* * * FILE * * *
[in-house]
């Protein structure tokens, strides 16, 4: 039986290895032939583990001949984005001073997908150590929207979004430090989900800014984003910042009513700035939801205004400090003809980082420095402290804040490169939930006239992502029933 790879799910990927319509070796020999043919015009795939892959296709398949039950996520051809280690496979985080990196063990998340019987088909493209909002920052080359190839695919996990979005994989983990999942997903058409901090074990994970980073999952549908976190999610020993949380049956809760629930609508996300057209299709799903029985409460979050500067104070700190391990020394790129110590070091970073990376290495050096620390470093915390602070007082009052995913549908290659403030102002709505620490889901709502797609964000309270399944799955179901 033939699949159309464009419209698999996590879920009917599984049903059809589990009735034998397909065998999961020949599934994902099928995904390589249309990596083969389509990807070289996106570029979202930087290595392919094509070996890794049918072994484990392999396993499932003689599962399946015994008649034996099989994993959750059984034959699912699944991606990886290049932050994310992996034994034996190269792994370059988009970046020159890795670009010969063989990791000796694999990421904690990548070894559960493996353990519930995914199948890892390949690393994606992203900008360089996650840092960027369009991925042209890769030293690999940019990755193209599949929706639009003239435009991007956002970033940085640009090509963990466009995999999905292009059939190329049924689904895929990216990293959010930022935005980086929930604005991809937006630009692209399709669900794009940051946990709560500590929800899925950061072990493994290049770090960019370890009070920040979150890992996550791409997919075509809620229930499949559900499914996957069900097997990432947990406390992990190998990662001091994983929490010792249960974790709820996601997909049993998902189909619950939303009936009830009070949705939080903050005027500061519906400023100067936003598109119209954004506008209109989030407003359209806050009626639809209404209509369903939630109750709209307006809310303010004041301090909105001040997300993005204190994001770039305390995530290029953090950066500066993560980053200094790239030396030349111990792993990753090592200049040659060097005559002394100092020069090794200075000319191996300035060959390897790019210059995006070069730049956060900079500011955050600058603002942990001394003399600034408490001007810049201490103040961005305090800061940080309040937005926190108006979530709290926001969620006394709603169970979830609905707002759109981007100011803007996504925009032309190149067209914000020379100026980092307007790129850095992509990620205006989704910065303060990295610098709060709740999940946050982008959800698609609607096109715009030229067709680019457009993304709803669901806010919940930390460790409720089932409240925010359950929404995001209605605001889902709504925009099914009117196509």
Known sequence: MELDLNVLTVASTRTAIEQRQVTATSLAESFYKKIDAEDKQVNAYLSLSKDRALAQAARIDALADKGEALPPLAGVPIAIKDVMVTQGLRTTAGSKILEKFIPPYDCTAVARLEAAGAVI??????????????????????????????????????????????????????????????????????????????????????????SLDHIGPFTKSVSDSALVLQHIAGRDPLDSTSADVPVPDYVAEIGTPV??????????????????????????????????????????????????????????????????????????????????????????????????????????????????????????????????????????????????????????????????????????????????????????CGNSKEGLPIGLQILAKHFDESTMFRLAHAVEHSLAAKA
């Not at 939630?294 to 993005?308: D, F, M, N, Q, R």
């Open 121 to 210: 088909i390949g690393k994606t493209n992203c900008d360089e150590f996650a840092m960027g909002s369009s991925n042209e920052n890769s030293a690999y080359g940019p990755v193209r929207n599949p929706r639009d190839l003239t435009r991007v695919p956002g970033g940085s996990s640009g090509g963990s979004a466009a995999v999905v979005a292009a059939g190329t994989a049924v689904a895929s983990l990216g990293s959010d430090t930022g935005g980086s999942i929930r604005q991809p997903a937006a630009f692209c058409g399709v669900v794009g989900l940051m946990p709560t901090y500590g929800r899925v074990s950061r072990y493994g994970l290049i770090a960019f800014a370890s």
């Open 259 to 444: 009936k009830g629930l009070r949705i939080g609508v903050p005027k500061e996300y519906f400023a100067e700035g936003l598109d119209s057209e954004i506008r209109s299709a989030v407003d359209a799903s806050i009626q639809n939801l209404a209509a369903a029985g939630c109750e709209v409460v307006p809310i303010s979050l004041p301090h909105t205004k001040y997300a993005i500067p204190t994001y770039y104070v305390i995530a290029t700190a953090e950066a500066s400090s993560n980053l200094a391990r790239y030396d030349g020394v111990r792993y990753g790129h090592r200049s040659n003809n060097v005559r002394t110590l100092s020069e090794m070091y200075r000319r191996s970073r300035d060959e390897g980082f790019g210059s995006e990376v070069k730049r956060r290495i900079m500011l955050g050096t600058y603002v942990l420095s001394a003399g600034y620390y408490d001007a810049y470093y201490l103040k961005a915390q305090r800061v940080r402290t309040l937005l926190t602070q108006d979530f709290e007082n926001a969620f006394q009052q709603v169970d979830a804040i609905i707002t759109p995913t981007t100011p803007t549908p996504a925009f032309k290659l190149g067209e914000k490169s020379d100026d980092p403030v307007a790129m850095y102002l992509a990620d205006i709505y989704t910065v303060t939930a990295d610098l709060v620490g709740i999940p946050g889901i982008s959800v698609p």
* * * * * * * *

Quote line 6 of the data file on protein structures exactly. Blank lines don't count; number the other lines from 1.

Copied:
């Open 259 to 444: 009936k009830g629930l009070r949705i939080g609508v903050p005027k500061e996300y519906f400023a100067e700035g936003l598109d119209s057209e954004i506008r209109s299709a989030v407003d359209a799903s806050i009626q639809n939801l209404a209509a369903a029985g939630c109750e709209v409460v307006p809310i303010s979050l004041p301090h909105t205004k001040y997300a993005i500067p204190t994001y770039y104070v305390i995530a290029t700190a953090e950066a500066s400090s993560n980053l200094a391990r790239y030396d030349g020394v111990r792993y990753g790129h090592r200049s040659n003809n060097v005559r002394t110590l100092s020069e090794m070091y200075r000319r191996s970073r300035d060959e390897g980082f790019g210059s995006e990376v070069k730049r956060r290495i900079m500011l955050g050096t600058y603002v942990l420095s001394a003399g600034y620390y408490d001007a810049y470093y201490l103040k961005a915390q305090r800061v940080r402290t309040l937005l926190t602070q108006d979530f709290e007082n926001a969620f006394q009052q709603v169970d979830a804040i609905i707002t759109p995913t981007t100011p803007t549908p996504a925009f032309k290659l190149g067209e914000k490169s020379d100026d980092p403030v307007a790129m850095y102002l992509a990620d205006i709505y989704t910065v303060t939930a990295d610098l709060v620490g709740i999940p946050g889901i982008s959800v698609p």